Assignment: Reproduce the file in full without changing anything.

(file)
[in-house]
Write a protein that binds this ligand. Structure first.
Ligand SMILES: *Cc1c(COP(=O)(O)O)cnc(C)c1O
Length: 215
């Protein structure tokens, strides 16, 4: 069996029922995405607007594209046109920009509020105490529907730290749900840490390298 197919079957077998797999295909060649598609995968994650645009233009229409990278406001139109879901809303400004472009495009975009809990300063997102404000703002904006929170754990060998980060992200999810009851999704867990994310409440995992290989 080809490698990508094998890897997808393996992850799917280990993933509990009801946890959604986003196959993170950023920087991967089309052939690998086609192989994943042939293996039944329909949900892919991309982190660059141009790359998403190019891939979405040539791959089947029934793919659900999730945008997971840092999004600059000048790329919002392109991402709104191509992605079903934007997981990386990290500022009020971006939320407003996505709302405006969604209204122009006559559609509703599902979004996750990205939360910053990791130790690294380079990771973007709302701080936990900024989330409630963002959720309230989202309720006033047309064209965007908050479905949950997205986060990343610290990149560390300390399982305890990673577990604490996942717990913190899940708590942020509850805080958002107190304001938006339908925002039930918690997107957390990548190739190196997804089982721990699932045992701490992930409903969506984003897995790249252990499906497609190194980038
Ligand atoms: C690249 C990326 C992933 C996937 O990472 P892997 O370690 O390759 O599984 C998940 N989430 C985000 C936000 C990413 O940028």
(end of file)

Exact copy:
[in-house]
Write a protein that binds this ligand. Structure first.
Ligand SMILES: *Cc1c(COP(=O)(O)O)cnc(C)c1O
Length: 215
């Protein structure tokens, strides 16, 4: 069996029922995405607007594209046109920009509020105490529907730290749900840490390298 197919079957077998797999295909060649598609995968994650645009233009229409990278406001139109879901809303400004472009495009975009809990300063997102404000703002904006929170754990060998980060992200999810009851999704867990994310409440995992290989 080809490698990508094998890897997808393996992850799917280990993933509990009801946890959604986003196959993170950023920087991967089309052939690998086609192989994943042939293996039944329909949900892919991309982190660059141009790359998403190019891939979405040539791959089947029934793919659900999730945008997971840092999004600059000048790329919002392109991402709104191509992605079903934007997981990386990290500022009020971006939320407003996505709302405006969604209204122009006559559609509703599902979004996750990205939360910053990791130790690294380079990771973007709302701080936990900024989330409630963002959720309230989202309720006033047309064209965007908050479905949950997205986060990343610290990149560390300390399982305890990673577990604490996942717990913190899940708590942020509850805080958002107190304001938006339908925002039930918690997107957390990548190739190196997804089982721990699932045992701490992930409903969506984003897995790249252990499906497609190194980038
Ligand atoms: C690249 C990326 C992933 C996937 O990472 P892997 O370690 O390759 O599984 C998940 N989430 C985000 C936000 C990413 O940028």